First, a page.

Use this URL to cite or link to this record in EThOS: https://ethos.bl.uk/OrderDetails.do?uin=uk.bl.ethos.409392
Title: A question of style : identifying the conditions that help or hinder the development of community policing
Author: Brookes, Stephen M.
ISNI:       0000 0001 3481 5820
Awarding Body: Nottingham Trent University
Current Institution: Nottingham Trent University
Date of Award: 2004
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Abstract:
Community policing is not a new phenomenon. It has antecedents that can be traced back to the origins of policing itself. In spite of this long history, the concept of community policing has proved difficult to understand. As long ago as 1829 the Commissioners for the new Metropolitan Police put prevention as a top priority stating that "to this great end every effort must be directed". However, preventative policing has always remained the poor relation of enforcement policing. The reason for this is as much to do with political priorities as with policing cultures and sub cultures. There is reason for optimism in relation to recent policing policies. Working in partnership with other agencies, engaging in problem solving activity with those agencies and members of the community and aligning local police officers to local communities have been stated priorities of police forces for a number of years. In many cases however this remains rhetoric rather than reality. This thesis seeks to identify the factors that help or hinder the development of community policing. The study started from the premise that an ideal model of community policing could be identified. It concludes that such an ideal model cannot be defined but that it is possible to identify the critical success factors for community policing as well as the conditions that need to exist, both within police forces and the external environment, which enable these factors to help shape a policing style that is conducive to community based policing. One such condition is an informed and engaged political context. With a focus on key legislative change the future of community policing looks more promising. As well as looking at factors external to policing this study also focuses on factors within police organisations. It concludes that a community based policing style is one in which the police, agencies and the community work together in both defining and designing responses to local community problems.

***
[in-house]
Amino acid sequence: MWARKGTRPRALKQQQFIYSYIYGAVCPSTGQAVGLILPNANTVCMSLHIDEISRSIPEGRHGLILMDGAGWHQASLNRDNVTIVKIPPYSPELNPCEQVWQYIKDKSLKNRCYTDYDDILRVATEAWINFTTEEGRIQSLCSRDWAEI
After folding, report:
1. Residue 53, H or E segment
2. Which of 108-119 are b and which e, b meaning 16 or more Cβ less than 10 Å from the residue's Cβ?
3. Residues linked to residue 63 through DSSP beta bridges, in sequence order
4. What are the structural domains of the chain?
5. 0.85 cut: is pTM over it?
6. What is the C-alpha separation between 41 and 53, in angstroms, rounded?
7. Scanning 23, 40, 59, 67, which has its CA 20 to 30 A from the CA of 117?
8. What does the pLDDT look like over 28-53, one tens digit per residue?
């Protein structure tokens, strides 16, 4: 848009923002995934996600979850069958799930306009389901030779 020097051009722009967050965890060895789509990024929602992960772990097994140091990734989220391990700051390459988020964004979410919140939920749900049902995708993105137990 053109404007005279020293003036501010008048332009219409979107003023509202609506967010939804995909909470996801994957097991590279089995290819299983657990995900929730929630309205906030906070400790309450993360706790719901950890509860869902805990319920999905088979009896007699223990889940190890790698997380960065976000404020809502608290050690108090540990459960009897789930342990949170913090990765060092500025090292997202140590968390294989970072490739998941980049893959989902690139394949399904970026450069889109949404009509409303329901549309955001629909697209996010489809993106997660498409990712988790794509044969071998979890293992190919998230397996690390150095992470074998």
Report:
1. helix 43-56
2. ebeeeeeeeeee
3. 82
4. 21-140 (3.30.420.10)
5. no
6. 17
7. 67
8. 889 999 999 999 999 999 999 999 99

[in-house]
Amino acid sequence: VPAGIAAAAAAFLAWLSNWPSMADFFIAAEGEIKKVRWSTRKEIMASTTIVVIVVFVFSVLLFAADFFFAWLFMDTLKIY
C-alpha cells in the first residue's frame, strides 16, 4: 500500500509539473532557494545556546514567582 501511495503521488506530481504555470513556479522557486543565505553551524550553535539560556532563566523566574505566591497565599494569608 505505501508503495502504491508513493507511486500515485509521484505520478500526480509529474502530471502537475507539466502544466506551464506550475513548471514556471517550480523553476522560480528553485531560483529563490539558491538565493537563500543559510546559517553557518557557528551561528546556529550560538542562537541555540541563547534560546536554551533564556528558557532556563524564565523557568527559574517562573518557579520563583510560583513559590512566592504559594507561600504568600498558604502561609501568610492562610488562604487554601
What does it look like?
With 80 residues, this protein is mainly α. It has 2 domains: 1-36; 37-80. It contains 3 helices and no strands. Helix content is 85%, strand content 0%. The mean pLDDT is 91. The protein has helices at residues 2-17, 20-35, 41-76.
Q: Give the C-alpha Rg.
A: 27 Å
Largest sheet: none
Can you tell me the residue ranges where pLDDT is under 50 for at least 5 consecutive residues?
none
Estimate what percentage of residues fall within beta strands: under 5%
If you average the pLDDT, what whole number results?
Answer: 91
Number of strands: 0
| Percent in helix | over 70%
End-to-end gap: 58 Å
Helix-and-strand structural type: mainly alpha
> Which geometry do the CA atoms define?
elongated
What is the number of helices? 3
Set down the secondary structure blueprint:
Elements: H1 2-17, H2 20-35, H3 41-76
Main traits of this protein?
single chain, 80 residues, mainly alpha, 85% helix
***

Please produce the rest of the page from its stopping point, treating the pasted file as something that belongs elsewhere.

Supervisor: Not available Sponsor: Not available
Qualification Name: Thesis (Ph.D.) Qualification Level: Doctoral
EThOS ID: uk.bl.ethos.409392  DOI: Not available
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